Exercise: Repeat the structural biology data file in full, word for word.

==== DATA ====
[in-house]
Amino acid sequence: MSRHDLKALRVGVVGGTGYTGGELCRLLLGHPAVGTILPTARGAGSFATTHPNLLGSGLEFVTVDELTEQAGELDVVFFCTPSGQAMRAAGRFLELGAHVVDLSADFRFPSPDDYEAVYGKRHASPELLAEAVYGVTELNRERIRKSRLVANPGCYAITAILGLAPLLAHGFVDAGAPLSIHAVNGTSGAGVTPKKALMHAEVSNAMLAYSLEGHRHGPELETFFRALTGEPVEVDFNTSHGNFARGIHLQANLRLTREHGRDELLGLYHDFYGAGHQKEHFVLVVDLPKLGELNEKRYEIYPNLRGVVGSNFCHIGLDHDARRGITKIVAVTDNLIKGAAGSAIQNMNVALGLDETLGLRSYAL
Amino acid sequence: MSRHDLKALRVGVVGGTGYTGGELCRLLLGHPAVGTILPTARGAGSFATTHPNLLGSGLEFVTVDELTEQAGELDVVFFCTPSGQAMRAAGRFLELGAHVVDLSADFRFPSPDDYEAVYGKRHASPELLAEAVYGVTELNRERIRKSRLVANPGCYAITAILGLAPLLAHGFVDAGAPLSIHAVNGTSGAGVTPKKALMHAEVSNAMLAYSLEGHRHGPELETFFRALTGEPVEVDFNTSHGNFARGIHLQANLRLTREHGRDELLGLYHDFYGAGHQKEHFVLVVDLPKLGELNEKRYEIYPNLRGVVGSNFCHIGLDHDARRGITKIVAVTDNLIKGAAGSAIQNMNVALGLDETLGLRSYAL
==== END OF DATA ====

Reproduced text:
[in-house]
Amino acid sequence: MSRHDLKALRVGVVGGTGYTGGELCRLLLGHPAVGTILPTARGAGSFATTHPNLLGSGLEFVTVDELTEQAGELDVVFFCTPSGQAMRAAGRFLELGAHVVDLSADFRFPSPDDYEAVYGKRHASPELLAEAVYGVTELNRERIRKSRLVANPGCYAITAILGLAPLLAHGFVDAGAPLSIHAVNGTSGAGVTPKKALMHAEVSNAMLAYSLEGHRHGPELETFFRALTGEPVEVDFNTSHGNFARGIHLQANLRLTREHGRDELLGLYHDFYGAGHQKEHFVLVVDLPKLGELNEKRYEIYPNLRGVVGSNFCHIGLDHDARRGITKIVAVTDNLIKGAAGSAIQNMNVALGLDETLGLRSYAL
Amino acid sequence: MSRHDLKALRVGVVGGTGYTGGELCRLLLGHPAVGTILPTARGAGSFATTHPNLLGSGLEFVTVDELTEQAGELDVVFFCTPSGQAMRAAGRFLELGAHVVDLSADFRFPSPDDYEAVYGKRHASPELLAEAVYGVTELNRERIRKSRLVANPGCYAITAILGLAPLLAHGFVDAGAPLSIHAVNGTSGAGVTPKKALMHAEVSNAMLAYSLEGHRHGPELETFFRALTGEPVEVDFNTSHGNFARGIHLQANLRLTREHGRDELLGLYHDFYGAGHQKEHFVLVVDLPKLGELNEKRYEIYPNLRGVVGSNFCHIGLDHDARRGITKIVAVTDNLIKGAAGSAIQNMNVALGLDETLGLRSYAL